Many thanks to Coach Jerry Wainwright and assistant Gary DeCesare for allowing me to sit in.
When I got home, I dug out an article from November 2006 from the Chicago Sun-Times that I'd saved about Coach Wainwright, who's also coached at Richmond and UNC-Wilmington.
According to the story, "Wainwright and DeCesare are gym rats. They like to outwork everybody. They understand that recruiting is about relationships. Wainwright is very approachable, someone who cares about his players and the people who are involved in their lives. DeCesare is a grass-roots guy who knows what it takes to succeed at the high school, AAU and college levels."
A sign on his desk -- ''You can modify behavior but you can't rehabilitate character'' -- provides a hint to his philosophy. Duke coach Mike Krzyzewski, a good friend, once told him that he traced much of his success to the fact that he talked to his players more than he coached them. Wainwright never forgot.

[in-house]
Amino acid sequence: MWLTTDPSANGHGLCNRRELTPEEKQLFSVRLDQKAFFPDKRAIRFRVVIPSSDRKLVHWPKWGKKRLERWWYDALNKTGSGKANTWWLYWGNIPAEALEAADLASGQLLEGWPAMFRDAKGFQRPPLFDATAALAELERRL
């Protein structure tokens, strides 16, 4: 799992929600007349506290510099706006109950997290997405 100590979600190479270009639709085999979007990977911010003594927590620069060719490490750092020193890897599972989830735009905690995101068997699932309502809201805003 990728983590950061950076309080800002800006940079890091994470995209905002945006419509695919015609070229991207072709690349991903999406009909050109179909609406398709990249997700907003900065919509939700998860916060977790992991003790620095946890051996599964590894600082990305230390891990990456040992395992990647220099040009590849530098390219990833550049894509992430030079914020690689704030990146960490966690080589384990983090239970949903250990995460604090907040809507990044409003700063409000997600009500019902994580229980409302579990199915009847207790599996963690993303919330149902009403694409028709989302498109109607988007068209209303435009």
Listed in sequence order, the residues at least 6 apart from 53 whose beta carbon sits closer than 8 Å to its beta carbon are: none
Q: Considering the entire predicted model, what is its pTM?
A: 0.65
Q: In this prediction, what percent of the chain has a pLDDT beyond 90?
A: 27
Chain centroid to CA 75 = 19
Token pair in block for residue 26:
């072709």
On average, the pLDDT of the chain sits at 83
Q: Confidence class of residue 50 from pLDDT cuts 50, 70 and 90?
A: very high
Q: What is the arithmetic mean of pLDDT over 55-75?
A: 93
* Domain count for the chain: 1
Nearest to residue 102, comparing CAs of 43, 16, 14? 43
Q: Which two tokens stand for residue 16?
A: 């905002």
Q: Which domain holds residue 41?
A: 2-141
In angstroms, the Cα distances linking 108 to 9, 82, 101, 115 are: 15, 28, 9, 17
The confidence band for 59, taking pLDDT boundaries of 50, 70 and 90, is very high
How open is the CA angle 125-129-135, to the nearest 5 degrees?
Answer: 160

A couple of highlights from the article:
-- On his recruiting philosophy: ''I want to recruit Cadillacs and polish them. There is a place for people to rebuild junk cars, but today what we do will be on the front page. If a Cadillac hasn't been polished or fine-tuned, it speaks to problems in the future.''
"One of our rules is I don't recruit someone I can't have a conversation with. I'm almost 60, and these kids are 20. I have to stay current. I know more about rap songs than the U.S. Treasury policy. I'm not real good at cocktail parties."
-- On what he looks for in a player: Wainwright looks for "good shooters and good attitudes, players who blend versatility and athleticism, basketball players who are athletic and can play multiple positions."
-- On the importance of role players and chemistry: "Backcourts win games, inside play, not inside players. Most everyone in college basketball has a pretty good first five. Six through 11 is where they measure championship teams. A one-ingredient soup is a bad soup. But the most important thing is chemistry and team morale. It matters what they do, not what I do."